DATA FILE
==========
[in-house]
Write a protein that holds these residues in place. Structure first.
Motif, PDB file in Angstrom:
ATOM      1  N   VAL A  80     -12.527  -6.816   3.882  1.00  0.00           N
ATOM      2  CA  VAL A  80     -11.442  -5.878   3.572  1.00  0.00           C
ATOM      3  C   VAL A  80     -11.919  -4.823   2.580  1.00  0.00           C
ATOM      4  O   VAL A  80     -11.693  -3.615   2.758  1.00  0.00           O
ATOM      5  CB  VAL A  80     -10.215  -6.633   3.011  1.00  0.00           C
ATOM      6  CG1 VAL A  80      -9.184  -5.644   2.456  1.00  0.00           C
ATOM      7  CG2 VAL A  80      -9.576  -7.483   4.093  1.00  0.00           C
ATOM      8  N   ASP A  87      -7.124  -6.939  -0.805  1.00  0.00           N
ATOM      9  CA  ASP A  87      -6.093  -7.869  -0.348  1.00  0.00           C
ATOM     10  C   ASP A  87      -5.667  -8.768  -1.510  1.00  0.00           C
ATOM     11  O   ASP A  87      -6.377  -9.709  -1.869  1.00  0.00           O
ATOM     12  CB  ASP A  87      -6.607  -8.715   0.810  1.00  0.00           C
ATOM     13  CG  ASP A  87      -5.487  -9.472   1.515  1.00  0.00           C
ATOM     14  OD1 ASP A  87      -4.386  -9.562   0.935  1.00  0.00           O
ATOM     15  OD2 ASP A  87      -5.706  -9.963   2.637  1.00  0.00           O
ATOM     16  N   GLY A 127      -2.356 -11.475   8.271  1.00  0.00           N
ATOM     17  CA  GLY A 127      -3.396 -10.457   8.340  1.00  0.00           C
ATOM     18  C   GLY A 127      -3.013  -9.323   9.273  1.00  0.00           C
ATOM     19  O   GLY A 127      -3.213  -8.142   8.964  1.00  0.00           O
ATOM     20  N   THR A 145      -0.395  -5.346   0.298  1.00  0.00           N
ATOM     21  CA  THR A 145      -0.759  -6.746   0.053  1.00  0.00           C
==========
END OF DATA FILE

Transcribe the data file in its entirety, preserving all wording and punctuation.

[in-house]
Write a protein that holds these residues in place. Structure first.
Motif, PDB file in Angstrom:
ATOM      1  N   VAL A  80     -12.527  -6.816   3.882  1.00  0.00           N
ATOM      2  CA  VAL A  80     -11.442  -5.878   3.572  1.00  0.00           C
ATOM      3  C   VAL A  80     -11.919  -4.823   2.580  1.00  0.00           C
ATOM      4  O   VAL A  80     -11.693  -3.615   2.758  1.00  0.00           O
ATOM      5  CB  VAL A  80     -10.215  -6.633   3.011  1.00  0.00           C
ATOM      6  CG1 VAL A  80      -9.184  -5.644   2.456  1.00  0.00           C
ATOM      7  CG2 VAL A  80      -9.576  -7.483   4.093  1.00  0.00           C
ATOM      8  N   ASP A  87      -7.124  -6.939  -0.805  1.00  0.00           N
ATOM      9  CA  ASP A  87      -6.093  -7.869  -0.348  1.00  0.00           C
ATOM     10  C   ASP A  87      -5.667  -8.768  -1.510  1.00  0.00           C
ATOM     11  O   ASP A  87      -6.377  -9.709  -1.869  1.00  0.00           O
ATOM     12  CB  ASP A  87      -6.607  -8.715   0.810  1.00  0.00           C
ATOM     13  CG  ASP A  87      -5.487  -9.472   1.515  1.00  0.00           C
ATOM     14  OD1 ASP A  87      -4.386  -9.562   0.935  1.00  0.00           O
ATOM     15  OD2 ASP A  87      -5.706  -9.963   2.637  1.00  0.00           O
ATOM     16  N   GLY A 127      -2.356 -11.475   8.271  1.00  0.00           N
ATOM     17  CA  GLY A 127      -3.396 -10.457   8.340  1.00  0.00           C
ATOM     18  C   GLY A 127      -3.013  -9.323   9.273  1.00  0.00           C
ATOM     19  O   GLY A 127      -3.213  -8.142   8.964  1.00  0.00           O
ATOM     20  N   THR A 145      -0.395  -5.346   0.298  1.00  0.00           N
ATOM     21  CA  THR A 145      -0.759  -6.746   0.053  1.00  0.00           C